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8.1.09

Zita Cousens

Her Oak Bluffs gallery is in its thirtieth year and going strong.

Cousen Rose Gallery, the beige Victorian cottage at the upper end of Circuit Avenue, looks inviting. Unlike most galleries, it has a courtyard with a worktable for children, as well as paintings, pottery, photography, prints, jewelry, and books. Inviting has always been part of Zita Cousens’s plan for her business, which celebrates thirty years in business this summer.

Long before the Oak Bluffs Art District blossomed in the backyard neighborhood that her seasonal gallery now skirts, Cousen Rose arrived in Oak Bluffs to become one of the town’s first art galleries, and now its longest running, as well as one of the first African American–owned businesses. Not that Zita thinks of the gallery as ethnic.

“I wouldn’t say I am a gallery that focuses exclusively on African American art,” she explains. “It’s the best art I can find, and what my clientele might buy.”

But she has always had support from members of the black community, who stop in frequently. “I like to think everybody who walks in feels very comfortable and finds something interesting,” Zita says. She is active in the community, supporting such events as the Camp Ground’s annual cottage tour fundraiser by hosting a reception at the gallery, providing awards for the children in the All Island Art Show at the Tabernacle, fundraising for the hospital and fireworks, and participating in the annual Harborfest. In Oak Bluffs, she points out, “You can’t go to the post office and not see someone you know.”

Cousen Rose offers a diverse collection of art – not just lighthouses and seascapes but still lifes, portraits, and abstracts by a mix of both Islanders and off-Islanders. Many of its current roster of twenty-two artists, such as photographer John Breckenridge and painters Marietta Cleasby and Myrna Morris, have been exhibiting there for many years.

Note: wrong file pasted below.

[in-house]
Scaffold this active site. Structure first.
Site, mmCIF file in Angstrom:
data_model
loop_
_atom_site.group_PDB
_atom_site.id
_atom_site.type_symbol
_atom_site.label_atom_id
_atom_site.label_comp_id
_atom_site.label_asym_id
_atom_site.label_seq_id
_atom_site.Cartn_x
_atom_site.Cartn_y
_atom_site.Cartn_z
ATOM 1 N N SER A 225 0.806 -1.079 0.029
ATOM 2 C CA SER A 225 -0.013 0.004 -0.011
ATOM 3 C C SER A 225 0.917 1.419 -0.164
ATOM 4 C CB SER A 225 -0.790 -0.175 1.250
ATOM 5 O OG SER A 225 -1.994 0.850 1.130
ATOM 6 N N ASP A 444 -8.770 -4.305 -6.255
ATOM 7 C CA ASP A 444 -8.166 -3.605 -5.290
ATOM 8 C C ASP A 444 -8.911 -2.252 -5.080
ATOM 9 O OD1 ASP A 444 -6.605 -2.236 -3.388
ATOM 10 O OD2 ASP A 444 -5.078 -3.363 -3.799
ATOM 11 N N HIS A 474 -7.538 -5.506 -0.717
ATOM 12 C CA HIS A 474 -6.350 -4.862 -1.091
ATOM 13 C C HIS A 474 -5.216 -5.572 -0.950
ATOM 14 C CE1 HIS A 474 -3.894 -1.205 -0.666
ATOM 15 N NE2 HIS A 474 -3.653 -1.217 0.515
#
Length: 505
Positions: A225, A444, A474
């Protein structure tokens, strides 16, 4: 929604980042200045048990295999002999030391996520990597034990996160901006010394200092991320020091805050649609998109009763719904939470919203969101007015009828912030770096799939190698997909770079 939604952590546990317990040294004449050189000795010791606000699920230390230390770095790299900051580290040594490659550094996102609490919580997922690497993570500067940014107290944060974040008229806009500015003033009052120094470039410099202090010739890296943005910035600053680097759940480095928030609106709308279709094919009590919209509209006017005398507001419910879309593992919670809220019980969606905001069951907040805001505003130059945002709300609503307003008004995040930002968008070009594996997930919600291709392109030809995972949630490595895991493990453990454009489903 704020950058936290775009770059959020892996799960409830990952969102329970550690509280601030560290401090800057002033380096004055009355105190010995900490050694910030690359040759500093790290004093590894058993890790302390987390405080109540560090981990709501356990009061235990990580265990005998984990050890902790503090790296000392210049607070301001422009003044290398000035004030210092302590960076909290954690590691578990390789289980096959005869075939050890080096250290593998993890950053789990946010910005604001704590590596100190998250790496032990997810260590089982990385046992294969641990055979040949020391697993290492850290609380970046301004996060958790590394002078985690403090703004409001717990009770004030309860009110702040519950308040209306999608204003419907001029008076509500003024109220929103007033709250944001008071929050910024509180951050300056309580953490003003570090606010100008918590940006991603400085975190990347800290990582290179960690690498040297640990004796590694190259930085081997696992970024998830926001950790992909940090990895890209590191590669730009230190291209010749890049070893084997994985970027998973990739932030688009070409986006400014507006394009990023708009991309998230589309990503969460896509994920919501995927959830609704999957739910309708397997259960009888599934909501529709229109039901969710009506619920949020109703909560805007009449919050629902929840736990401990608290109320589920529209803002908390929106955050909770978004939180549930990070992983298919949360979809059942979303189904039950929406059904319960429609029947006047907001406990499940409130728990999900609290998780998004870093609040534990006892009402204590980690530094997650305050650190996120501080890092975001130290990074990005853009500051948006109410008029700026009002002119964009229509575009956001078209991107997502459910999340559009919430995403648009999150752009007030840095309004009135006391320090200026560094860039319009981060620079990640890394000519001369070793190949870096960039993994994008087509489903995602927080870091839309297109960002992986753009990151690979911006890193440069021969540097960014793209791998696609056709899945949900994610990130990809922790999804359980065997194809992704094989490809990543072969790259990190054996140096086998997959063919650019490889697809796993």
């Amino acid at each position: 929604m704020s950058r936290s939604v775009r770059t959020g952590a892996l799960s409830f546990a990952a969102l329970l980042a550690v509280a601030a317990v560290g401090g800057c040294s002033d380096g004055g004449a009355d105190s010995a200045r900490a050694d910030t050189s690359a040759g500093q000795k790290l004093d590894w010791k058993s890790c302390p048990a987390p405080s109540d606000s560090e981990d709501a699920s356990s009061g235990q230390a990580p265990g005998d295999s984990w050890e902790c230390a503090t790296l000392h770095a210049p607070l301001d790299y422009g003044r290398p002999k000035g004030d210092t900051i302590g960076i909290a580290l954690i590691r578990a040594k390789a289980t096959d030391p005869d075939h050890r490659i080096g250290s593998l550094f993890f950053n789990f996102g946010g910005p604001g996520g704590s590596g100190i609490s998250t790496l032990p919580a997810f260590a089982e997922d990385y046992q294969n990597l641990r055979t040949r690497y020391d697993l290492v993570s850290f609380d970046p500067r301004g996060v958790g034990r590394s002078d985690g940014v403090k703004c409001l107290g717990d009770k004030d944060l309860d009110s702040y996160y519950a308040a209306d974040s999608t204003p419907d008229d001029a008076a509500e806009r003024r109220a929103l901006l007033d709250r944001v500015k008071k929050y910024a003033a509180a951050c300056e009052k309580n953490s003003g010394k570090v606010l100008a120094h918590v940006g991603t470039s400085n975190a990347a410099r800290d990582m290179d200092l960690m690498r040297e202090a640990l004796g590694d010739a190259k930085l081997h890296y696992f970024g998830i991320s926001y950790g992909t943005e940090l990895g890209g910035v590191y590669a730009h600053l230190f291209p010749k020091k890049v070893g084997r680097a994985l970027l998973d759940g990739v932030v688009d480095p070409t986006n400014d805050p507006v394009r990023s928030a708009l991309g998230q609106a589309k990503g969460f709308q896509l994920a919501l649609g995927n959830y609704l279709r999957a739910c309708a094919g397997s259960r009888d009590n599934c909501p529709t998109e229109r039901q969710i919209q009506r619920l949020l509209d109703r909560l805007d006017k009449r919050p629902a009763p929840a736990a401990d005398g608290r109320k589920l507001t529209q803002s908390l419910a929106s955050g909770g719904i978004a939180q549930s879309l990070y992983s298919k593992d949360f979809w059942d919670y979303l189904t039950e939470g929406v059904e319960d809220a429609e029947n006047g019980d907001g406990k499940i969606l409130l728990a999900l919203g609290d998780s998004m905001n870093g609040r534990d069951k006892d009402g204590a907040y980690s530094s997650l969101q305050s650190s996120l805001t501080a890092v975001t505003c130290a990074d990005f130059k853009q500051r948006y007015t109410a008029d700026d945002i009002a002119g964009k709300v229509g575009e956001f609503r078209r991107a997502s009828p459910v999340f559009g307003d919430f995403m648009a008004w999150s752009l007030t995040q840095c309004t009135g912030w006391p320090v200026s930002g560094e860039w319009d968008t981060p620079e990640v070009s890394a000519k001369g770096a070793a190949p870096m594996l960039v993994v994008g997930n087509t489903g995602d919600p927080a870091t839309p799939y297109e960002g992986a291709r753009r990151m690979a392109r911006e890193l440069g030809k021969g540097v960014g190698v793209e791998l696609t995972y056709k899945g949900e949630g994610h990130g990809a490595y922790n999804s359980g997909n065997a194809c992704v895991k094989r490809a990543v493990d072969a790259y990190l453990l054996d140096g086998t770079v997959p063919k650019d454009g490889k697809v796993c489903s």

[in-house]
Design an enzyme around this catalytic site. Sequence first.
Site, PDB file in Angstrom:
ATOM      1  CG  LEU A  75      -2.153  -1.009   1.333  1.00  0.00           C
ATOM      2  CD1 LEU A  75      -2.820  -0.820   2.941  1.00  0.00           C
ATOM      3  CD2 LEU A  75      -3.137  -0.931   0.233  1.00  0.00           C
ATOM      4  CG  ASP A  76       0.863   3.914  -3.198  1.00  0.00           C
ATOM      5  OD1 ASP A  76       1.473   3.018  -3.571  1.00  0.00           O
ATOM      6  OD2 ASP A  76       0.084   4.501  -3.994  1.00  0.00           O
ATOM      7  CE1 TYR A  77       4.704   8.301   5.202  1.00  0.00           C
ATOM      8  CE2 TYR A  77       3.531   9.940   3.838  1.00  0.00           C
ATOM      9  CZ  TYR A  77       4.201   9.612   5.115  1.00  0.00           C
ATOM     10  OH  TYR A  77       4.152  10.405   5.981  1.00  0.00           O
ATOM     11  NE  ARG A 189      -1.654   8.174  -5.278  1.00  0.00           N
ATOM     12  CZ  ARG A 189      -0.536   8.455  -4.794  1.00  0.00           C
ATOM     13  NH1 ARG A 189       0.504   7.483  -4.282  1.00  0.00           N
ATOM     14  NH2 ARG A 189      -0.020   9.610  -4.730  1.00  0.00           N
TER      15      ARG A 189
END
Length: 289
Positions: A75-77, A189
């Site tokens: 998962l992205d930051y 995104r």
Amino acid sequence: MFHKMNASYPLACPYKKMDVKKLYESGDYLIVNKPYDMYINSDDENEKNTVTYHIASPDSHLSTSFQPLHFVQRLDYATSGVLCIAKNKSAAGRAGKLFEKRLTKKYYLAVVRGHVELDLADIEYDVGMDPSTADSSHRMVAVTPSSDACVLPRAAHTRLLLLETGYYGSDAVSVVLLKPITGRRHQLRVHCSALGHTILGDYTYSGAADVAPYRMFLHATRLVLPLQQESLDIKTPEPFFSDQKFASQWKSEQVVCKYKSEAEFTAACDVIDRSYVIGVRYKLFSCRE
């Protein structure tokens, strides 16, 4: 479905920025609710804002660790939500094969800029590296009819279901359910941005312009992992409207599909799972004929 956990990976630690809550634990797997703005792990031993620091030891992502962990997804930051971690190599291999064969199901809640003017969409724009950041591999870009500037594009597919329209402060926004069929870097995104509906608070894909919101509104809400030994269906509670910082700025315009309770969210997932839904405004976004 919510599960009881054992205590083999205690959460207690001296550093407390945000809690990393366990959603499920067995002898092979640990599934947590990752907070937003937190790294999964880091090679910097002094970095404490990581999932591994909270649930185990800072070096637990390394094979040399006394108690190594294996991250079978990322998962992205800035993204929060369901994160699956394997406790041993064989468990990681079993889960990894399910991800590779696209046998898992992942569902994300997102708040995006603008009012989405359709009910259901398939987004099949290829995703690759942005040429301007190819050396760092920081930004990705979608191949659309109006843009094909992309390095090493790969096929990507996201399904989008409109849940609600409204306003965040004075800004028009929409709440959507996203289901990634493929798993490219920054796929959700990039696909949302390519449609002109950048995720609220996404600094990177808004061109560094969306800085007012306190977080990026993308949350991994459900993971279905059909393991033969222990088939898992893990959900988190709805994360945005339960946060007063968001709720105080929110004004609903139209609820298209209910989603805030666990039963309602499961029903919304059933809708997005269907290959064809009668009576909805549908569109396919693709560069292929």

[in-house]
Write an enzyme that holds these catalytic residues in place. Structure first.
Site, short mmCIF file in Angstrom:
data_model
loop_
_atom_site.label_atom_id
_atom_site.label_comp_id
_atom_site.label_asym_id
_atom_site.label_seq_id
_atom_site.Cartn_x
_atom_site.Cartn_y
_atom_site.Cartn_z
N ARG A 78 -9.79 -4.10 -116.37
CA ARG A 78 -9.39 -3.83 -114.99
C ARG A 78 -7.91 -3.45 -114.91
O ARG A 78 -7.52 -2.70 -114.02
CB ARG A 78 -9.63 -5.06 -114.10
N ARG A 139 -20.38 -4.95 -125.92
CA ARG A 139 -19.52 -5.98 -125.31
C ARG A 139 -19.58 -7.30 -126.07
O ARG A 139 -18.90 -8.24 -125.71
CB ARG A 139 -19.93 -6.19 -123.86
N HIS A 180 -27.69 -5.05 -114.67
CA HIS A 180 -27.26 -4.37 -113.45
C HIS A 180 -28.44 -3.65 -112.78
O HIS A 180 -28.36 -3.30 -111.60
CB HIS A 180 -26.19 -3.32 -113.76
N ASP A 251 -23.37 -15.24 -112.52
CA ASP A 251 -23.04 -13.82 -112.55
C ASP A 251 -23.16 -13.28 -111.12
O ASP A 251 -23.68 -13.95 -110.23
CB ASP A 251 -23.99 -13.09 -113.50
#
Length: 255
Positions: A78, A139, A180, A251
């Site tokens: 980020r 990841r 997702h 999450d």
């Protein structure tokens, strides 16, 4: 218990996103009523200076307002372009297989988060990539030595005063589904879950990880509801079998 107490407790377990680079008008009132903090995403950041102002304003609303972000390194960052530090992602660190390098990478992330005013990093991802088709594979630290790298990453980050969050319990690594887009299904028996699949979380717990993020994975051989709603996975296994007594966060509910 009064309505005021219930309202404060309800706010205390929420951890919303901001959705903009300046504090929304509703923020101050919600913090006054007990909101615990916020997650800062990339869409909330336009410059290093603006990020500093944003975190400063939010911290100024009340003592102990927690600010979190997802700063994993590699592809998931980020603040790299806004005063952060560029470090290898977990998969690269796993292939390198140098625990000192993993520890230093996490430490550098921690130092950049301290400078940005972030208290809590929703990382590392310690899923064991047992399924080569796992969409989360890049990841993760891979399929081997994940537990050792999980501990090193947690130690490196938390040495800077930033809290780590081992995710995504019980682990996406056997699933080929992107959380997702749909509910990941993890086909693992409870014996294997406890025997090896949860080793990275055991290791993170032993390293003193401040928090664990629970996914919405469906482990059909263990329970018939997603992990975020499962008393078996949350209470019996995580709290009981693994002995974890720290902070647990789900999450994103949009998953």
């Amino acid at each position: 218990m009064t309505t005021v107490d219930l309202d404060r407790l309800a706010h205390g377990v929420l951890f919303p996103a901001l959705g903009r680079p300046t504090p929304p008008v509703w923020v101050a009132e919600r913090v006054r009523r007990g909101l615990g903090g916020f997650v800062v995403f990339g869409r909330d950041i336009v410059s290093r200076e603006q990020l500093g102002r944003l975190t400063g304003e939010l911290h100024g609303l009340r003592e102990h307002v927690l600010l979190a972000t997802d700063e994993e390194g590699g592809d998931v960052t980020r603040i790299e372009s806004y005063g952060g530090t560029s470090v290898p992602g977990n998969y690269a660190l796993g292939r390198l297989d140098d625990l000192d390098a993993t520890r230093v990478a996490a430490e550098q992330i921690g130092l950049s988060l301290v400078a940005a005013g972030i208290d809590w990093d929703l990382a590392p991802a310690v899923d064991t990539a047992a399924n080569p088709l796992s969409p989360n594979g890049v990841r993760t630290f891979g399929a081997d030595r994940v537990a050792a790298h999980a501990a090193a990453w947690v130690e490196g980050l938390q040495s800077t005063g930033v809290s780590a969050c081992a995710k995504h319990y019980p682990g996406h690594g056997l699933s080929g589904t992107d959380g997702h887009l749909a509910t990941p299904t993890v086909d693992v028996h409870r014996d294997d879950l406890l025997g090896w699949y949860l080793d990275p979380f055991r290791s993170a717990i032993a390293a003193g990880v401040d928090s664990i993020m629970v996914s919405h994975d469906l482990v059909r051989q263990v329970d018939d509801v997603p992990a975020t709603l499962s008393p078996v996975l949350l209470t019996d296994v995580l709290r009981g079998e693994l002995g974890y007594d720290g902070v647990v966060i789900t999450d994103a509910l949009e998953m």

Zita’s own, longtime, creative outlet is sewing. A slender, energetic woman who divides her time between Oak Bluffs and Newton, she took up sewing early, inspired by her mother, Inez, a “fantastic” seamstress. Her great-aunt Hilda Stephens lived in Oak Bluffs year-round, so Zita had plenty of opportunities to visit the Vineyard, though she grew up in Billerica. Her aeronautical engineer father, Major, worked on the top-secret Hawk and Sparrow missiles.

Until Zita was ten, there was no television in the house, so the emphasis was on creativity. “I was out there peddling all my little creations: flower perfumes, fruit stands,” she says. “My brother George was my biggest supporter.”

By 1980, Zita lived in Boston’s South End and had just finished grad school at Simmons College. She started a thirty-year career as a counselor at the Boston Latin School that is still going strong but was also taking her one-of-a-kind designer bags to festivals.

While on-Island in February of that year, she saw a “Space for Rent” sign on Circuit Avenue, at what is now Knickers lingerie shop. “I thought, wow, I could have a business,” she remembers. A friend and colleague, painter Stephen Rose, was a willing partner. Dropping the “s” on Zita’s last name, they came up with the gallery’s name during a dinner conversation.